Don’t jeopardize your chances of receiving financial aid
Are you planning on filing for financial aid to support your post-secondary education? The first place to start is the Free Application for Federal Student Aid, or FAFSA. Don’t be scared away by this application. New technology has made it faster to file, so there is no reason to procrastinate. When applying, be sure to avoid these common mistakes, as described by the Department of Education’s blog.
Mistake 1: Giving up
Even if you don’t think you will be eligible for financial aid, you should complete the FAFSA. You never know what options there may be, so it does not hurt to apply. If you gather all the documents you need ahead of time, it can be filed in as little as 30 minutes. Thirty minutes could gain you hundreds or thousands of dollars, if you are eligible!
Mistake 2: Wrong website
Whatever you do, please be sure to use the correct website. It is fafsa.gov. Any other website could be a fraud. Completing the FAFSA is free. If any website tries to charge you money or asks for your credit card, you are on the wrong site. Don’t fall for this scam!
Mistake 3: Waiting too long to get your FSA ID
To file your FAFSA, you will need an FSA ID, and it can take a few days for your ID to be active. So don’t wait until the last minute. Register for your FSA ID well ahead of time. And if you are a dependent, make sure your parents register for their ID too.
Mistake 4: Waiting too long to file
Filing early is better! File as near to the beginning of the calendar year as you can. And don’t worry if you haven’t filed your income taxes yet. You can use an estimate if you expect your income to be similar to the previous year. Then later you will have to update your information after you file your taxes, but it’s still better to file early. It is important to apply early because some (but not all) of the awards are offered on a first-come first-served basis. You also need to pay attention to deadlines. There are federal and state deadlines, and each school will have its own deadline. Don’t miss these deadlines! File by whichever deadline is earliest.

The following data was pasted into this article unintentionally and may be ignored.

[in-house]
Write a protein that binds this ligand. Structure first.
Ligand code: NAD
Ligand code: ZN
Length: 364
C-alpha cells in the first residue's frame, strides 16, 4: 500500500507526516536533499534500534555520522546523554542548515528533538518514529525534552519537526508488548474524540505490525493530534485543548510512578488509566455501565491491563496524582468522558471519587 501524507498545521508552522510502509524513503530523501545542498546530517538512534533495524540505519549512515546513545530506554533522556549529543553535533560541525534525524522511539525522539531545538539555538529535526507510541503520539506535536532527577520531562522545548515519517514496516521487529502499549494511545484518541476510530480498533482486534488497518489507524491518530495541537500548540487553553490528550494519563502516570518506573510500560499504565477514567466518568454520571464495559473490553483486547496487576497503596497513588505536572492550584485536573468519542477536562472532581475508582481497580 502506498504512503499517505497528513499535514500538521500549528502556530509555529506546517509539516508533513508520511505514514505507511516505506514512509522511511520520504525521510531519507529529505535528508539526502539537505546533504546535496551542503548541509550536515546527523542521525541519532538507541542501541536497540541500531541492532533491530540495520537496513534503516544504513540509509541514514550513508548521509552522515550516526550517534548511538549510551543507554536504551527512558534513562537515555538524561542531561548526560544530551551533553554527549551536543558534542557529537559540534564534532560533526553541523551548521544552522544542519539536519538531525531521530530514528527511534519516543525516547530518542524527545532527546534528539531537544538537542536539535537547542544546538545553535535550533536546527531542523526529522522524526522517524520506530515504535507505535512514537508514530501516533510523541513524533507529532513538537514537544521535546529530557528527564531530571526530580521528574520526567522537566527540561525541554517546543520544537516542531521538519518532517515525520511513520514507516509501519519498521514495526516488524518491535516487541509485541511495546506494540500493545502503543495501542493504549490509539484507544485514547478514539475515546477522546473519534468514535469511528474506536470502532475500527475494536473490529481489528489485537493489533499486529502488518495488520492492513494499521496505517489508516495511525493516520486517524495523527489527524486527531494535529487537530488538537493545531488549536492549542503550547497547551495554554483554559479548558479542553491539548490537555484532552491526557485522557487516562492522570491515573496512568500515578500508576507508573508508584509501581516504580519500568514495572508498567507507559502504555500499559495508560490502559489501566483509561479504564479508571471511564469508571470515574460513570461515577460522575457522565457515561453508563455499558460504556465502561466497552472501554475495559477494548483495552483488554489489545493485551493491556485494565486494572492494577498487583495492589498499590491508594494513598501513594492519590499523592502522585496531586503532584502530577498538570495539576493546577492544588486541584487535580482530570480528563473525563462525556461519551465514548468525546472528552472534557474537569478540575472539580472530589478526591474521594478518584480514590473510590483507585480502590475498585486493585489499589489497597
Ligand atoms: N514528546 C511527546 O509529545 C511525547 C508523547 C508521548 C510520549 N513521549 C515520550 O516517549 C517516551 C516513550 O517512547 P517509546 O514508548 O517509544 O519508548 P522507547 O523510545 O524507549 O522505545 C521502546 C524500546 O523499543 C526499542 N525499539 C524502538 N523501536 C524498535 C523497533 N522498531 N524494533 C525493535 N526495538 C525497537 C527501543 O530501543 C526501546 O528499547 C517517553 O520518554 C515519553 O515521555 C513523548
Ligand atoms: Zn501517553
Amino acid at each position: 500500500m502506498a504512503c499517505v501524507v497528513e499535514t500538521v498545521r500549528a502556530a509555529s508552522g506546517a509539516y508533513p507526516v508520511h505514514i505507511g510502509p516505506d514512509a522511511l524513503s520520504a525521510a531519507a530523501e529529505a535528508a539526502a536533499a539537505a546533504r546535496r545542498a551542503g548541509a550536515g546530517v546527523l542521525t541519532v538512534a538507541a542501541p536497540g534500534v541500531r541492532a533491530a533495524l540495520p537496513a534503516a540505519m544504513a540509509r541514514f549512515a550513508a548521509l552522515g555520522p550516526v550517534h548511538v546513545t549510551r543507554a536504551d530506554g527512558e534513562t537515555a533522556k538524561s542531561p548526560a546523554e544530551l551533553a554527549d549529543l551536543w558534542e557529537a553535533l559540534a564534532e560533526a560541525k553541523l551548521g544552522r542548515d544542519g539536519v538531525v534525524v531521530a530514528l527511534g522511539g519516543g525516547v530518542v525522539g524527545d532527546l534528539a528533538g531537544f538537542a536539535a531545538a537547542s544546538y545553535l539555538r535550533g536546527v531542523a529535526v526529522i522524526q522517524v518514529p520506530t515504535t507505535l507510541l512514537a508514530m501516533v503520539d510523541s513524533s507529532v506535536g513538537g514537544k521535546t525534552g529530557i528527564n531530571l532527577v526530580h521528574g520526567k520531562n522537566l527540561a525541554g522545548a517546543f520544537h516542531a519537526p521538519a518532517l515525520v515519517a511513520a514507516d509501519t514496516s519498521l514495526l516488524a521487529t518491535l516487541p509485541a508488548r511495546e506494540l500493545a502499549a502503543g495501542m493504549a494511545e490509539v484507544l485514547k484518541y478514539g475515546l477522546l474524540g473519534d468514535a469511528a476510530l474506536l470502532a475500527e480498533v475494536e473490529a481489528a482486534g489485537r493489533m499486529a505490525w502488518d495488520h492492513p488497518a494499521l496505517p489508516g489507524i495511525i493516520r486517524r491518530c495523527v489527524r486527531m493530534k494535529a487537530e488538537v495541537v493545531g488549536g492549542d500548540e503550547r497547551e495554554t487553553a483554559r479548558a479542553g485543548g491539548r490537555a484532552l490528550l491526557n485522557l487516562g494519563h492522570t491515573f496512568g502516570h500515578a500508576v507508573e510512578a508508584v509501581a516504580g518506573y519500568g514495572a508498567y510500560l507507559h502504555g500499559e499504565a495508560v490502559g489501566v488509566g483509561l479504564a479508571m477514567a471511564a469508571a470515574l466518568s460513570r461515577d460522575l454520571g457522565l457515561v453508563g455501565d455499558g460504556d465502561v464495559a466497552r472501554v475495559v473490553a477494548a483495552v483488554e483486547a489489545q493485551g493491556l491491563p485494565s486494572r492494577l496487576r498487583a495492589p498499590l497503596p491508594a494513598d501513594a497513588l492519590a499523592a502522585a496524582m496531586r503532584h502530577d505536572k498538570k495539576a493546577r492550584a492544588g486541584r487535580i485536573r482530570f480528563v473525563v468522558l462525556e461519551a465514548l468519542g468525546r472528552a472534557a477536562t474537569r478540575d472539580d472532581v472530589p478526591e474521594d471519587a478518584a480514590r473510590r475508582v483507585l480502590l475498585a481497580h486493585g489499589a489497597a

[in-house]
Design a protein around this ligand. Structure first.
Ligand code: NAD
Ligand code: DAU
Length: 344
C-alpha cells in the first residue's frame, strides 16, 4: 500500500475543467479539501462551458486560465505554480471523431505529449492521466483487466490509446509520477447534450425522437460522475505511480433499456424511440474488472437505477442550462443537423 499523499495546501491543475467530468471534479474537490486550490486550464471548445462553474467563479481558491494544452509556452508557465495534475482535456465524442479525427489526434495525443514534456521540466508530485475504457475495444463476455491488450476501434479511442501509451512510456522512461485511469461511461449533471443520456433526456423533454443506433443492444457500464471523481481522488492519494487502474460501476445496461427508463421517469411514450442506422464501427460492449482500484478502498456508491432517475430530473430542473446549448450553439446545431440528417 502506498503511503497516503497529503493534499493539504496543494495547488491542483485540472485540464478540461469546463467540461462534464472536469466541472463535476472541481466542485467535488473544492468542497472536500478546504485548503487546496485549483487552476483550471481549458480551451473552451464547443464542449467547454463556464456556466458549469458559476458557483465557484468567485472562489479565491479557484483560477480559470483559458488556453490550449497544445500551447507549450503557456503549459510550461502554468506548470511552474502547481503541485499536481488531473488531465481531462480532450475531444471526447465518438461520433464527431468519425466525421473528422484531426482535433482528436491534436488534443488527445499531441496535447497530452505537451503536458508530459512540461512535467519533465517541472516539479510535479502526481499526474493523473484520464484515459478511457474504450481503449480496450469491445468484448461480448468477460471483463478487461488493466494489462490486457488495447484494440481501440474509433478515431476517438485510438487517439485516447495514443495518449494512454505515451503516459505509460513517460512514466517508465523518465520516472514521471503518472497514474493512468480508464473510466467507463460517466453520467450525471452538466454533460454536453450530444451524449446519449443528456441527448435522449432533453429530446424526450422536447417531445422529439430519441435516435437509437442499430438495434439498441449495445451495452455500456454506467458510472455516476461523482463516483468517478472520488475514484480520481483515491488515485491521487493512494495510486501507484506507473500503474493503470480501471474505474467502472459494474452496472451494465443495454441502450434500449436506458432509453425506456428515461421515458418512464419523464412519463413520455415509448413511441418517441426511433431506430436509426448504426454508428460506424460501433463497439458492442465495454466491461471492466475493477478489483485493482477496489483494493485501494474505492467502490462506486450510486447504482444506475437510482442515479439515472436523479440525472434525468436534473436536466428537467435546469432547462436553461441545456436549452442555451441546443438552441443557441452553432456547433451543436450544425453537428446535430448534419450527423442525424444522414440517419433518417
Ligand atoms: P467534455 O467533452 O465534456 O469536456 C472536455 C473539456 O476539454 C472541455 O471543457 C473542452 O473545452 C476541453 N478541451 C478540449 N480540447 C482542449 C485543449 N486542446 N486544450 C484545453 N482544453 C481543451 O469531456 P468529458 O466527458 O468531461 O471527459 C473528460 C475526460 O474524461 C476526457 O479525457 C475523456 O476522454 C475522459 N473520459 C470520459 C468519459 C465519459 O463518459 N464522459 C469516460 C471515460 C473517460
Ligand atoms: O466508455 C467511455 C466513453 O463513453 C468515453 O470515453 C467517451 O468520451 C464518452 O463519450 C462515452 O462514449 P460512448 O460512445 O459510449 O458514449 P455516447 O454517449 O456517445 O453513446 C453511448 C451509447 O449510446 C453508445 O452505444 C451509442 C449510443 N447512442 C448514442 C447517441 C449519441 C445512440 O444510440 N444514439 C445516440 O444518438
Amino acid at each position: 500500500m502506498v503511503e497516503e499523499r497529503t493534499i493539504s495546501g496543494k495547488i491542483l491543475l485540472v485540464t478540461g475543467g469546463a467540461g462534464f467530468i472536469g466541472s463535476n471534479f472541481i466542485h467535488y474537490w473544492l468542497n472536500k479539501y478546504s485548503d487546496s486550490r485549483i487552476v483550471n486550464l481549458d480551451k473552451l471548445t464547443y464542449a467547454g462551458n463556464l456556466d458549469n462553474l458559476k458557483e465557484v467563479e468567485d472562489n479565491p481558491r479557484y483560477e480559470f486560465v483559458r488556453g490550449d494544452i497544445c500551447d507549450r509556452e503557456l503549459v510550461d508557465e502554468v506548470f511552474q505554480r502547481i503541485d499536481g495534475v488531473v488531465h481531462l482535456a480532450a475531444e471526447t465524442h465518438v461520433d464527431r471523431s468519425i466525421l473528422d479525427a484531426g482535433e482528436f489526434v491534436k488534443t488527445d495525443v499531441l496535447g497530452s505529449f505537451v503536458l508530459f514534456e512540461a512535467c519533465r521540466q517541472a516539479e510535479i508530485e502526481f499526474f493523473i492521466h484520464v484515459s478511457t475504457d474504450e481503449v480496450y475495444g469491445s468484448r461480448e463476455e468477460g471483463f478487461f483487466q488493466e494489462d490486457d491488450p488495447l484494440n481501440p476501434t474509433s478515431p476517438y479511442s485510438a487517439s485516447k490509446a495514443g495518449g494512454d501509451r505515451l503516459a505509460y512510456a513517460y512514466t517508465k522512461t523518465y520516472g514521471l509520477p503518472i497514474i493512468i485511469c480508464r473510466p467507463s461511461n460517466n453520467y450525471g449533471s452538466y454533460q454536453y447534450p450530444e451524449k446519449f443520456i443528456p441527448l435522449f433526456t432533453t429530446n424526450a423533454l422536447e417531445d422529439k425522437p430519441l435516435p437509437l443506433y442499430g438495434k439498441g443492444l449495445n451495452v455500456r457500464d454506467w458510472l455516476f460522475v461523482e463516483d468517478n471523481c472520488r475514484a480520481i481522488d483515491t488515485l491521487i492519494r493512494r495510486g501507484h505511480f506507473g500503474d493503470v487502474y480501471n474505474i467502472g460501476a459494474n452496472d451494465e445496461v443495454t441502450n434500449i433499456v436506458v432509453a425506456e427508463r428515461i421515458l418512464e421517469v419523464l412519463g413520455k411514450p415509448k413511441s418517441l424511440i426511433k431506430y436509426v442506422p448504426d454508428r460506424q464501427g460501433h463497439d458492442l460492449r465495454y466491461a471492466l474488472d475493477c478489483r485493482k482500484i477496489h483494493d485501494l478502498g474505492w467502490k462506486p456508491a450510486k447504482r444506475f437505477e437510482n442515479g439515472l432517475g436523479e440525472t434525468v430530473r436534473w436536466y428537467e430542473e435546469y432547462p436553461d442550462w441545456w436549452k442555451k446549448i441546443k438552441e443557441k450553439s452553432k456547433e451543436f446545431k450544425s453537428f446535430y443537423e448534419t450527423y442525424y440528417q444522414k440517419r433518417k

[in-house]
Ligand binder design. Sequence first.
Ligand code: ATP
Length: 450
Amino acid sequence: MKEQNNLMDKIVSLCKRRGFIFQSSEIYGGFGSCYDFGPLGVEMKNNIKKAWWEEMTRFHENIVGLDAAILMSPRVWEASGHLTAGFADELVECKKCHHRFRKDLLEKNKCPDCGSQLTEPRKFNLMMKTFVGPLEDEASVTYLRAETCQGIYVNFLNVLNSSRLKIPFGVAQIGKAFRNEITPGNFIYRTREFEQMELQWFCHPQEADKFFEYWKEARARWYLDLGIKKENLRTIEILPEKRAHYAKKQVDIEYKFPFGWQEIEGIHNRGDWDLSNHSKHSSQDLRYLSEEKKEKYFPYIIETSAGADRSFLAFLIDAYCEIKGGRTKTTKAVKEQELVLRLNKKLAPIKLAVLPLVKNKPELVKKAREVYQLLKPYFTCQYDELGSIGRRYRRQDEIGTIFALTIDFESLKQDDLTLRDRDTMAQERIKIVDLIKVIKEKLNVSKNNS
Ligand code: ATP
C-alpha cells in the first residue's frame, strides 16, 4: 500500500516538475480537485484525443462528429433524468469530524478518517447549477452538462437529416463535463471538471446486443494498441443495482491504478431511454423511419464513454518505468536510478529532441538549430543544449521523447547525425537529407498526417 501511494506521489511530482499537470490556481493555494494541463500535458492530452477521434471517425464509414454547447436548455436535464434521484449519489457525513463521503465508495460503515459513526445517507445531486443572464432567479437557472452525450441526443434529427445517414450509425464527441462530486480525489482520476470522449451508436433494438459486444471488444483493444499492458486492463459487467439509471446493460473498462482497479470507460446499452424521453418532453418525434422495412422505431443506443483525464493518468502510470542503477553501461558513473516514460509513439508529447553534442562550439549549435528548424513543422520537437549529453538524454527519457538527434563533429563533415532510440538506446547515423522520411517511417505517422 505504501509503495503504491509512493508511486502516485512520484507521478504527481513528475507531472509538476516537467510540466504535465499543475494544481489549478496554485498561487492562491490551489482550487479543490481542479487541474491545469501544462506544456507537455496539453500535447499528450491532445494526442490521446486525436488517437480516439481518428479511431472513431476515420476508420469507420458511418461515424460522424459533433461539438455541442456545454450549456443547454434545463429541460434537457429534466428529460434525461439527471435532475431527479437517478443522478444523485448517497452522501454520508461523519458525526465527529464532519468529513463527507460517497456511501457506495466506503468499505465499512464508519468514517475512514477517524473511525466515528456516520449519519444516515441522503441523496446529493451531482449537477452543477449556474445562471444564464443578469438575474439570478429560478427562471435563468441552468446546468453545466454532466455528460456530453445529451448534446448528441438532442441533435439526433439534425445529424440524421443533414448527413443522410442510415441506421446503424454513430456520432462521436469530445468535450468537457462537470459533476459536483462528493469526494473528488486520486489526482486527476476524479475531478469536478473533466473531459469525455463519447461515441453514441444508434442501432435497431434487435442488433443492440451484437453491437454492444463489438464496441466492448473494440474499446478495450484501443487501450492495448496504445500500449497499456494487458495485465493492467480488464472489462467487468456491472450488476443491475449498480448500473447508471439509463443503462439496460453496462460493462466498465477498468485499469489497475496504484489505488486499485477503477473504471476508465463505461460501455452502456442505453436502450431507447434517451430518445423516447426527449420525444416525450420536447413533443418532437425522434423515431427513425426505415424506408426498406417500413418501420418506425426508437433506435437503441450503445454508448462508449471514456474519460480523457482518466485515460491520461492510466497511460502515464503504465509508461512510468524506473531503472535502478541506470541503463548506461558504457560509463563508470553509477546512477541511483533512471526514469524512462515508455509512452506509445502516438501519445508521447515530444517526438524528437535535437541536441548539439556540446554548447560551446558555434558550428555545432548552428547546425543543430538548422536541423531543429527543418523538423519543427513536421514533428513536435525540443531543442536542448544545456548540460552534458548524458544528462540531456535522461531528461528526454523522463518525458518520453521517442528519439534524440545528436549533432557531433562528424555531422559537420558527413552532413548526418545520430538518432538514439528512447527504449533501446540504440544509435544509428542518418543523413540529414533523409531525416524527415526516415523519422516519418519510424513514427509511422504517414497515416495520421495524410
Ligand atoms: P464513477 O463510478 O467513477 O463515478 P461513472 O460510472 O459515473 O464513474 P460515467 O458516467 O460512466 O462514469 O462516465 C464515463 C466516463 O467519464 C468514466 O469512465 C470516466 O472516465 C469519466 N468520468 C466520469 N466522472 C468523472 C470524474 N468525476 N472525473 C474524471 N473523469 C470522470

Mistake 5: Careless errors
When you are applying, make sure you understand all of the questions and definitions. Double check all of your responses and make sure you are answering correctly. People have been known to spell their own names wrong. Others forget to sign their application (using their FSA ID). In other words, it pays to double-check everything!
Mistake 6: Confusion over parent info
Your dependent status for FSA is different from that of the IRS. Even if you live fully independently from your parents, you may still be considered a dependent and need to report your parents’ income information. Be sure you understand whether you are dependent or independent.
Mistake 7: Listing only one school
The FAFSA allows you to list many potential schools. You should list every school you are considering, even if you never end up applying. Listing all your potential schools will give you more options as you get closer to making your final decision.
For more information on completing your FAFSA, see Five Things to Know about Financial Aid and FAFSA. And try your best to avoid these pitfalls!
This article was provided by the Harris School of Business as part of our student blog, offering students and the public information about jobs, career development, career training and more. Contact the Harris School for more information.